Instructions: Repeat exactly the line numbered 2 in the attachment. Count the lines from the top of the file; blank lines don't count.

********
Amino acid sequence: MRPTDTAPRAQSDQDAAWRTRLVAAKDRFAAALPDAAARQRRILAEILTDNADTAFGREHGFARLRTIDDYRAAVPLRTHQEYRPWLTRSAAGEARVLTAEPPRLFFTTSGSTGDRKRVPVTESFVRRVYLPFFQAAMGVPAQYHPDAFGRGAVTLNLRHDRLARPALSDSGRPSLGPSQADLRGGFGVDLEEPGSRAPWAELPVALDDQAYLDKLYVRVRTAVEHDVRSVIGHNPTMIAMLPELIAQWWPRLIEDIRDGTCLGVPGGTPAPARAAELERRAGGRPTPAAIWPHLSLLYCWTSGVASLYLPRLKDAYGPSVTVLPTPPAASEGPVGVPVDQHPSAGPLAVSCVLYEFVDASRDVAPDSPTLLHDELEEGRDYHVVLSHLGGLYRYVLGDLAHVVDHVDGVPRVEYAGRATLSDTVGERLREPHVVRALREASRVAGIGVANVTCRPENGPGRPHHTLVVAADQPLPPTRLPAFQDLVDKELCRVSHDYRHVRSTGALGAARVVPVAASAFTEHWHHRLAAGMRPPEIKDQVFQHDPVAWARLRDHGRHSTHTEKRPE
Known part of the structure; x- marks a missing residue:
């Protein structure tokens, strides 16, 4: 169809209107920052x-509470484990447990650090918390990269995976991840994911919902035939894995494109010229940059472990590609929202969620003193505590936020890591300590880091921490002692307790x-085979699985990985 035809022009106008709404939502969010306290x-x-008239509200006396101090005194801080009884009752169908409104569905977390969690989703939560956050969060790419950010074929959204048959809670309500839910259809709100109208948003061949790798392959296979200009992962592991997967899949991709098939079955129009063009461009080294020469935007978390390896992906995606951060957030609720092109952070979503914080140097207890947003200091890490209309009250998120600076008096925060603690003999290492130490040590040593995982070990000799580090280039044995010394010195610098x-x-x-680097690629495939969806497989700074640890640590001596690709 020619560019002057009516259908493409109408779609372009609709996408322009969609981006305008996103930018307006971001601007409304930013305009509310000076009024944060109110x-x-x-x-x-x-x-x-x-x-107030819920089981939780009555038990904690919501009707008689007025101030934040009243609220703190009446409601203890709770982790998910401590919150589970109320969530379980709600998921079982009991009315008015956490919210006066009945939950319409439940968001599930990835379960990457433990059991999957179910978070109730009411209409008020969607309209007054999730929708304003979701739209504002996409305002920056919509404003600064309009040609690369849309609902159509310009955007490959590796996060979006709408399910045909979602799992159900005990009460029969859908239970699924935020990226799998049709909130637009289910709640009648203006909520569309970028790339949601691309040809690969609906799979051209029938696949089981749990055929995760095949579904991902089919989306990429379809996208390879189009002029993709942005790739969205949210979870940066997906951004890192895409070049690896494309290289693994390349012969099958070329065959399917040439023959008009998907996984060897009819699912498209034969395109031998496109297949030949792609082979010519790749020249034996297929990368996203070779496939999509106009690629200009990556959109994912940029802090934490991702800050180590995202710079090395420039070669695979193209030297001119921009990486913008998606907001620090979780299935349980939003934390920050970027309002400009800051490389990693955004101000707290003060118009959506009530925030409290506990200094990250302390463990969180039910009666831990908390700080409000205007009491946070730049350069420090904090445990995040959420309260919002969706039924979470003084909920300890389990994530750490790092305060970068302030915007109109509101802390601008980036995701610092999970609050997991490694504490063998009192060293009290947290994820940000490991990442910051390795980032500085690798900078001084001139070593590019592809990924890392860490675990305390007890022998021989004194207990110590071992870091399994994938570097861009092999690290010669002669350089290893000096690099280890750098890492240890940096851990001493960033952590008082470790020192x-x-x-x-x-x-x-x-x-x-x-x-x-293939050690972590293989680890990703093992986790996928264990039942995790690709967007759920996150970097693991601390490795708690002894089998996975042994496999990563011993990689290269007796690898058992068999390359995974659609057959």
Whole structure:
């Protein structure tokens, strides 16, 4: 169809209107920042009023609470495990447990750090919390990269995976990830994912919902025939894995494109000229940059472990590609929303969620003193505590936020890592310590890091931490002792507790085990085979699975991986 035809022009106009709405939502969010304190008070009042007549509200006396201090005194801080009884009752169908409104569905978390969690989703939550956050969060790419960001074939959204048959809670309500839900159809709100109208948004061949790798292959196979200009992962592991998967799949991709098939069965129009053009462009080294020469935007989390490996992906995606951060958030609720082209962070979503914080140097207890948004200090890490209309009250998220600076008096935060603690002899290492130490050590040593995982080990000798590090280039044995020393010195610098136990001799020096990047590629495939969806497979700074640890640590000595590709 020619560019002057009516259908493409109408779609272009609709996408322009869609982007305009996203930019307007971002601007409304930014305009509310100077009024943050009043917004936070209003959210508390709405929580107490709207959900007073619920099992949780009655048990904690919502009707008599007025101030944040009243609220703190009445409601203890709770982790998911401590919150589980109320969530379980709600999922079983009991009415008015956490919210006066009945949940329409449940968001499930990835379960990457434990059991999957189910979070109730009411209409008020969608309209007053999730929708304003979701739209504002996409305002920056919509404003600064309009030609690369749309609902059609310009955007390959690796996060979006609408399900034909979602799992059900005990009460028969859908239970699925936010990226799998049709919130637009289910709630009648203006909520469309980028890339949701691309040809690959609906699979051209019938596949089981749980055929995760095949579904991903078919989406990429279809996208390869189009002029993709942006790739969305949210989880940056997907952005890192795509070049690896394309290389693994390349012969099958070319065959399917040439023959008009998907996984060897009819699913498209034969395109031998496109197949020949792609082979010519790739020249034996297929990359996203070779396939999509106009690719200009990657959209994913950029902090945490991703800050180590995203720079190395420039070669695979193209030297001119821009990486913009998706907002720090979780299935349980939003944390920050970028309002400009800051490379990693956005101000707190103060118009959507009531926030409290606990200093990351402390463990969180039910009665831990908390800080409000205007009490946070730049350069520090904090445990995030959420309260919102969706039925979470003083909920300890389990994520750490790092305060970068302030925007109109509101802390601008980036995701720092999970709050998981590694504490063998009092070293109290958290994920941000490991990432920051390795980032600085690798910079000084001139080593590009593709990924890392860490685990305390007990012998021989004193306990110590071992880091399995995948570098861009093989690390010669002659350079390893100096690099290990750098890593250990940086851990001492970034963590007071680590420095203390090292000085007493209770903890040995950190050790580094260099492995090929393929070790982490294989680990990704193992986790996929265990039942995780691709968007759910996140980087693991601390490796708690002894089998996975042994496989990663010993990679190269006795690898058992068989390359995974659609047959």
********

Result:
Known part of the structure; x- marks a missing residue: